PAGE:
, September 2008
Froscher is a marvellous performer on an under-appreciated instrument. His tone is dark and mellow, his technique is spotless, and his phrasing is sensitive. And there is great music to be heard here—the Mozart, Weber and Tchaikovsky may or may not be “masterpieces” but they’re all staples of their respective repertoires, for good reason. The Tchaikovsky works especially well in transcription, I think.
But the recommendation is a qualified one, for two reasons. First, the other two pieces here are far outshone. The piece which opens the program—the composer is the conductor of the whole recital—is a neo-Baroque-by-numbers affair, pleasant but unmemorable. The Balissat goes through four connected movements and a variety of (sometimes interesting) ideas without seeming to say much of anything. One is left with the impression that the euphonium world has two options —forgettable original music or not-always-suitable transcriptions. … the euphonium (especially in Froscher’s hands) stays mellow throughout…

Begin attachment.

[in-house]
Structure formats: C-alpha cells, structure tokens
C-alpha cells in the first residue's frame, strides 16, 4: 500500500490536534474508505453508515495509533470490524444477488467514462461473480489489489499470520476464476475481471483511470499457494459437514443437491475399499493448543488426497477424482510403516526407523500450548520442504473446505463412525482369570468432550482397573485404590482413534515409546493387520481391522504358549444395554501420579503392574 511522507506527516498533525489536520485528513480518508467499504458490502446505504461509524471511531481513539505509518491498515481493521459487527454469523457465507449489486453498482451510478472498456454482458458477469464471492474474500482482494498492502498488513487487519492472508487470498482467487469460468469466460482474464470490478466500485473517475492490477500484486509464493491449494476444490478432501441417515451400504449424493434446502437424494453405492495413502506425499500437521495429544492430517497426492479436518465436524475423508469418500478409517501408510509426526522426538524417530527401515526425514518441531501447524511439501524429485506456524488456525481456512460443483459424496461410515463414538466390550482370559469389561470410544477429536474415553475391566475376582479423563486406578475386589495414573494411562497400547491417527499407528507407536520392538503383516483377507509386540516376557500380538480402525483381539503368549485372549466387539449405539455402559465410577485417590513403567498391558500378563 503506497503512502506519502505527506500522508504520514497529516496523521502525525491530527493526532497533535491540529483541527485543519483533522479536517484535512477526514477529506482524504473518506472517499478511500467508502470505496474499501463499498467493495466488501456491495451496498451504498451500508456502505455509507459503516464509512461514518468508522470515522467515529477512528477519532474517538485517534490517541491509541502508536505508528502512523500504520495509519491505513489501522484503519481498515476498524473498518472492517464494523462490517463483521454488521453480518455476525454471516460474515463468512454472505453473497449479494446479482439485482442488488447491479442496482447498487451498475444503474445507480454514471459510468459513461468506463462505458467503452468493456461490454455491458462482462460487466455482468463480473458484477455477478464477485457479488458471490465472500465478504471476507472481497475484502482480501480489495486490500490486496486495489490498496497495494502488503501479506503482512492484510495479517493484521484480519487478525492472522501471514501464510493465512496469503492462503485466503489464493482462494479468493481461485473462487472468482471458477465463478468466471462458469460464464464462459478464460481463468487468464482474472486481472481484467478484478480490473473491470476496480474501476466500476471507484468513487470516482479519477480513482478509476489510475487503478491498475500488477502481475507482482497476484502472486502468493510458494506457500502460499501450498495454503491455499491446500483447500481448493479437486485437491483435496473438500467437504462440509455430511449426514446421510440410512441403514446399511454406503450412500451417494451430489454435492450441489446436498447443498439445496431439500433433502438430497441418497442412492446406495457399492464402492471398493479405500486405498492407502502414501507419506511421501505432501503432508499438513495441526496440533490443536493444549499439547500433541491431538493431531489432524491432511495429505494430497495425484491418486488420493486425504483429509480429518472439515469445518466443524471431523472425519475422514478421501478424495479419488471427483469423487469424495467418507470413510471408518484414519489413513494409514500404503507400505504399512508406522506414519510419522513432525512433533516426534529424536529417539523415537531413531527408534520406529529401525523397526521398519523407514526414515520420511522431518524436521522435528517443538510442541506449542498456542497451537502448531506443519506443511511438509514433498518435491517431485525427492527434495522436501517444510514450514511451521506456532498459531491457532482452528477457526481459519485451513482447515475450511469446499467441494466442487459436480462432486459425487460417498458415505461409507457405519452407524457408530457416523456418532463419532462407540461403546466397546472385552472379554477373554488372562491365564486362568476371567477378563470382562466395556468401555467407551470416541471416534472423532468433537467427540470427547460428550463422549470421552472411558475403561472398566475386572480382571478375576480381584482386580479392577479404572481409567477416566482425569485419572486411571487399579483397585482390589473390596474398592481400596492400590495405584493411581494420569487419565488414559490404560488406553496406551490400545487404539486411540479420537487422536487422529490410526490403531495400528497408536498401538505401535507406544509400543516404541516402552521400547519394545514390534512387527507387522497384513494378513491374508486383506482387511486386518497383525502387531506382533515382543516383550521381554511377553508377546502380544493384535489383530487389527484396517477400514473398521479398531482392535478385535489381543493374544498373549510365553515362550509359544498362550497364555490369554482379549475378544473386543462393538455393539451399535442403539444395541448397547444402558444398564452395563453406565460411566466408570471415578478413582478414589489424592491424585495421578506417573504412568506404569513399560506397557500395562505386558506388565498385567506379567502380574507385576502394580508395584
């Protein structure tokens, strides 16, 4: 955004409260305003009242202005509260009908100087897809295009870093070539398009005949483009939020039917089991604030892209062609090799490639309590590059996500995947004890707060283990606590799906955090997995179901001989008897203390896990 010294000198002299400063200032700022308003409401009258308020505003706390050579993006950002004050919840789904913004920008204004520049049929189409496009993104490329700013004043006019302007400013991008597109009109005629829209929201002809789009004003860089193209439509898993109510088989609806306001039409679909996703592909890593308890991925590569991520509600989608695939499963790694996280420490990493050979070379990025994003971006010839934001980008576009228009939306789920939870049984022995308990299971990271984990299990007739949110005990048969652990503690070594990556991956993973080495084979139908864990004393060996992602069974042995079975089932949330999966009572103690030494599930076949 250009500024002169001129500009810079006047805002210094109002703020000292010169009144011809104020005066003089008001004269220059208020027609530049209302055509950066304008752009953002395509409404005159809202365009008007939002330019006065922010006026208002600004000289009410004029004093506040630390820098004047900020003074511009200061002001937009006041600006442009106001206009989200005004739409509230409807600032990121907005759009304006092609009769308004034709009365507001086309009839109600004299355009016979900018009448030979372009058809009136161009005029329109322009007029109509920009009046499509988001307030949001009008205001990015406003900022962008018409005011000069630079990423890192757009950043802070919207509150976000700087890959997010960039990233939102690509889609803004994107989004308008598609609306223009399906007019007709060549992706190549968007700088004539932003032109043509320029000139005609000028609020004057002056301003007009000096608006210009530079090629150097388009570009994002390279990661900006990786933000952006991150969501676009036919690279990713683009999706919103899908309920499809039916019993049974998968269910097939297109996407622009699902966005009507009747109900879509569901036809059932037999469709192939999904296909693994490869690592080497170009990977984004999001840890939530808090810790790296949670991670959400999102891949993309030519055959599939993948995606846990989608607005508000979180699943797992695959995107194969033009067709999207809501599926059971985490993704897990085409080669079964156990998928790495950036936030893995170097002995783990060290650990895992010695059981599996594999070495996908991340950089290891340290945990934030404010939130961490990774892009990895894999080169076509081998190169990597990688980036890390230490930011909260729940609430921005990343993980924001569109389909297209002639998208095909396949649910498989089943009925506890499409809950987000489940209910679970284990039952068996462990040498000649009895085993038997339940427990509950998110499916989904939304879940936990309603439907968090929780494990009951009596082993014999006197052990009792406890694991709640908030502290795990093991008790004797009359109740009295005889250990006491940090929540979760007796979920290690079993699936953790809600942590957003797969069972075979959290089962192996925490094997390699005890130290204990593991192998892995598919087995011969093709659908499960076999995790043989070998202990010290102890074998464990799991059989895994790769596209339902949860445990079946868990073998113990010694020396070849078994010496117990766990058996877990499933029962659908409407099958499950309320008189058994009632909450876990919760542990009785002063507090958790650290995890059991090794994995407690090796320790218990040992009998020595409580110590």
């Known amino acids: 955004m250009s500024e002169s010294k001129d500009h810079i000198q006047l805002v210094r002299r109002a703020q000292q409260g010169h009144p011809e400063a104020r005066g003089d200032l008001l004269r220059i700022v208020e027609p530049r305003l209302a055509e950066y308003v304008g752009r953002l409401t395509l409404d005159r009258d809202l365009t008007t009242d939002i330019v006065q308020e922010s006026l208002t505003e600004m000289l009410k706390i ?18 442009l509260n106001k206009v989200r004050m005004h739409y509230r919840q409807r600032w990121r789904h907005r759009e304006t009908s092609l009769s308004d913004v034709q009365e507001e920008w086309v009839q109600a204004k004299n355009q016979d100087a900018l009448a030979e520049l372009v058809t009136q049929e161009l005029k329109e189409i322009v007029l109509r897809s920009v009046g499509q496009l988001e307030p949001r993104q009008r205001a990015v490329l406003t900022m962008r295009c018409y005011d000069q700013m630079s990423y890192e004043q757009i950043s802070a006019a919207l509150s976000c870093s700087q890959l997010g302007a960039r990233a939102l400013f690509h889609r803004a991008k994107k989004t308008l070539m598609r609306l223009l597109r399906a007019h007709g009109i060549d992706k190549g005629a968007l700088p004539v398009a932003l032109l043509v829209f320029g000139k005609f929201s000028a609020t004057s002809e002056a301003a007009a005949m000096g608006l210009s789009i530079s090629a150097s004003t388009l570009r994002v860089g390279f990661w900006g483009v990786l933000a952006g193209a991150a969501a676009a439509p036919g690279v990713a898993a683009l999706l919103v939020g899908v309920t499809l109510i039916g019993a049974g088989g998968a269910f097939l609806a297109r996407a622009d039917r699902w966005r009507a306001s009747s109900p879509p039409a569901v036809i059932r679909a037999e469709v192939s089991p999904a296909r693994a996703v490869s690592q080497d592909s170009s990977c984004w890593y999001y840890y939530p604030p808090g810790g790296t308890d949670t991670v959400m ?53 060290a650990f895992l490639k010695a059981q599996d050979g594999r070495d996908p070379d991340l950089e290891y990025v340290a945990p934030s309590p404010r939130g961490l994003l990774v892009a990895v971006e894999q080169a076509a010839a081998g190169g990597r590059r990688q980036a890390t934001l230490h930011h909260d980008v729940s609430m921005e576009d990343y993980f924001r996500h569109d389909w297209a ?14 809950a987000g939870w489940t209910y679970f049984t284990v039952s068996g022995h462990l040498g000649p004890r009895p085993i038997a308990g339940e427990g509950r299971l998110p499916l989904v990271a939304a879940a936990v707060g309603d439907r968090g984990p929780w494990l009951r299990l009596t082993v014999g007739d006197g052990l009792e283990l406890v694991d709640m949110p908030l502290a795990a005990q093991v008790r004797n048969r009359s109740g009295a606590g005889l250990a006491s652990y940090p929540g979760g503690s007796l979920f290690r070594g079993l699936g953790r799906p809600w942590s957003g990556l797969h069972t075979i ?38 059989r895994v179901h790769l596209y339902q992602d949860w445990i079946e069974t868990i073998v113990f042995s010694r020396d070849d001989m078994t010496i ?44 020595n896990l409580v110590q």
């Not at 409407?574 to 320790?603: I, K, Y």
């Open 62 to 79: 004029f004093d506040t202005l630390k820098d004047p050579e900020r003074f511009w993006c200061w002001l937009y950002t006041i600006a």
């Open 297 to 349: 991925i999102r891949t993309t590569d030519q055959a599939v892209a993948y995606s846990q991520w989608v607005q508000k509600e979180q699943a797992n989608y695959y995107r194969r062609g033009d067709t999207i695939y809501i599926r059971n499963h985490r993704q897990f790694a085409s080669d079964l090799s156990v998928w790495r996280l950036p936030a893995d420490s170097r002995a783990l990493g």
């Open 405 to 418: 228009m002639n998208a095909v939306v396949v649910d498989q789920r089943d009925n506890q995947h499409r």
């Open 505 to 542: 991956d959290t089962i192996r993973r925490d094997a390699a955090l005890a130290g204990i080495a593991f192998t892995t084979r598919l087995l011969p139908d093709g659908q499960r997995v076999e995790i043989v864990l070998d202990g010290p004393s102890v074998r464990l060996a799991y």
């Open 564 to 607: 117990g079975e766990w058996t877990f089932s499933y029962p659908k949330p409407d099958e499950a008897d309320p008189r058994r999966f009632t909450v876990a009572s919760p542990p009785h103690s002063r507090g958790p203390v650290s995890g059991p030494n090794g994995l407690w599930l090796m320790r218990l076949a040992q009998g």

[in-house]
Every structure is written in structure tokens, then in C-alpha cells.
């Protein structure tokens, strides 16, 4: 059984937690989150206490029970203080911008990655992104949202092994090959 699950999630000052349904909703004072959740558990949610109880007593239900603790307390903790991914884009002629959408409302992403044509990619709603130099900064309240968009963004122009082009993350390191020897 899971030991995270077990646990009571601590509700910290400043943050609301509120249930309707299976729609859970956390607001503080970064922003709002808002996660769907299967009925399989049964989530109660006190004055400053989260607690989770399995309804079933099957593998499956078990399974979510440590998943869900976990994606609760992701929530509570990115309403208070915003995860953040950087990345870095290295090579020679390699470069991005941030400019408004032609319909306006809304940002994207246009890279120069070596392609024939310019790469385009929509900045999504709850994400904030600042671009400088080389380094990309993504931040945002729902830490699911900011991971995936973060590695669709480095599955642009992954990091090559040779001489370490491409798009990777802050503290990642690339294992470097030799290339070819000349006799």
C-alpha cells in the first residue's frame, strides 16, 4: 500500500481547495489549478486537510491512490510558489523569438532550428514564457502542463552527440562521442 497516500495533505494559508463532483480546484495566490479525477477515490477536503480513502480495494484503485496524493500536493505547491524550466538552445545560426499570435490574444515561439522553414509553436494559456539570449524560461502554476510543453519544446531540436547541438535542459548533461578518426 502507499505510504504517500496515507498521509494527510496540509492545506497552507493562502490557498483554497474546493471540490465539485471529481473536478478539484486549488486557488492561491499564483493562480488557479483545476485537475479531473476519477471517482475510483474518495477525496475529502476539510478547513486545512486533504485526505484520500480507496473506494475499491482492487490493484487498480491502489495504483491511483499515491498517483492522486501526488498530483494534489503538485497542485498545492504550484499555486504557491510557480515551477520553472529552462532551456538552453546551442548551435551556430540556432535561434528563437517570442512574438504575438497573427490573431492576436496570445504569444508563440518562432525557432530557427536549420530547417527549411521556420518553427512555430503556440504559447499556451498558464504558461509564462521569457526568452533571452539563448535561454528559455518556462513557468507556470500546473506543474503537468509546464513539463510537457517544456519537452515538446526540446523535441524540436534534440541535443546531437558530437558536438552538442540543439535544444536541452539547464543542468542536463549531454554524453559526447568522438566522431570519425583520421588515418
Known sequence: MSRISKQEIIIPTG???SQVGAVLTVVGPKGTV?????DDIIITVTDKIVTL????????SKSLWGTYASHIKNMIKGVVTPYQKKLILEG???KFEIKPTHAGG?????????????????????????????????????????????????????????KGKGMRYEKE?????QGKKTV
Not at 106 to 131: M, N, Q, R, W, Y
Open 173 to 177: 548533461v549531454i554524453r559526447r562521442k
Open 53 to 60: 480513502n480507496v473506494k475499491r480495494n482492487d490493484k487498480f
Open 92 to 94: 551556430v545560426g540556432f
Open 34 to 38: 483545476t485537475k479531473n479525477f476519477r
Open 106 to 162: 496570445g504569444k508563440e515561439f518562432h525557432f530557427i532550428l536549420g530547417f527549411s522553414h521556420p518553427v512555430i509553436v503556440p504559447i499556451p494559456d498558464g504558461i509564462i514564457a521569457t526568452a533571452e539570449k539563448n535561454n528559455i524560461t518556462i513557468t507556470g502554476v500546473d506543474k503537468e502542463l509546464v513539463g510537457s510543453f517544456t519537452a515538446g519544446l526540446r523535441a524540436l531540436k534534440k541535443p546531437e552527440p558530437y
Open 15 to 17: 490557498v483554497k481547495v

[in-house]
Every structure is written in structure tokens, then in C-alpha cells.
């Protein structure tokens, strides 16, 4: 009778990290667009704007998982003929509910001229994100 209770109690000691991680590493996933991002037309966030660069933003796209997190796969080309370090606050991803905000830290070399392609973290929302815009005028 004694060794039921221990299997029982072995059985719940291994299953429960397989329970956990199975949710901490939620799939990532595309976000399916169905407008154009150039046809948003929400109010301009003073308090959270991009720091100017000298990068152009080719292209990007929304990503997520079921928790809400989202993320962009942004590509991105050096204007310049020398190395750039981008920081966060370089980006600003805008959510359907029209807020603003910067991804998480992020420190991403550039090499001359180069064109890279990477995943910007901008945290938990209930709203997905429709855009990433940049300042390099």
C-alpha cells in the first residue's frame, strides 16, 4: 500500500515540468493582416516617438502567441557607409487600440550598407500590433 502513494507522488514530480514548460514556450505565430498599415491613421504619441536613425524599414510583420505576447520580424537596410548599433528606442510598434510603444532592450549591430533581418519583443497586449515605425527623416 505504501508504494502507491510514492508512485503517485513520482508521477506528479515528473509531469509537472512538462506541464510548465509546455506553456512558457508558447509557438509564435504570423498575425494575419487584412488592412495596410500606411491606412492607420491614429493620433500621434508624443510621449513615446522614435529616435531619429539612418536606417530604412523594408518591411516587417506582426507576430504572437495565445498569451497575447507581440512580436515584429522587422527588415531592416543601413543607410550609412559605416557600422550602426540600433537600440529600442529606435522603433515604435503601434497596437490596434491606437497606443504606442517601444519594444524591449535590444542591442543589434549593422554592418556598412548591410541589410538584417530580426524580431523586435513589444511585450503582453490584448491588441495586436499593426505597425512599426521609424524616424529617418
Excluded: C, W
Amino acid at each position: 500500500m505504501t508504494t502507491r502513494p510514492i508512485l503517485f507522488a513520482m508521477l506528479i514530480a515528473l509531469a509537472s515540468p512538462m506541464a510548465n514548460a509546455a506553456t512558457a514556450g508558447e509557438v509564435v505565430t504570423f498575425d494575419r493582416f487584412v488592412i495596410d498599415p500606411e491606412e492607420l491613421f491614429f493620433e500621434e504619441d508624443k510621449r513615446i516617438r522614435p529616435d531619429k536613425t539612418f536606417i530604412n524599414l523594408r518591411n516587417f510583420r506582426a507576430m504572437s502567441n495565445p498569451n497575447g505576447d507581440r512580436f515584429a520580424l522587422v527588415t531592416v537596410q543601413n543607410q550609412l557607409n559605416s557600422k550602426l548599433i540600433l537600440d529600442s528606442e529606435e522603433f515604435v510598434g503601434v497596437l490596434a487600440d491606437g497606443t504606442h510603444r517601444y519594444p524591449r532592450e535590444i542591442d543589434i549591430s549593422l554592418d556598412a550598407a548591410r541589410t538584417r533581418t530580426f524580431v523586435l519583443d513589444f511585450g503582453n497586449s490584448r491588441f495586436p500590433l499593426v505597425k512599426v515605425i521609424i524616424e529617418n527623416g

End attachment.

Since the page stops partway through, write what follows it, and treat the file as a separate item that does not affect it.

The orchestral accompaniment is uniformly excellent, and the recorded sound is very well balanced. Euphonium fans need not hesitate. For the curious, there are worse ways to spend a little money.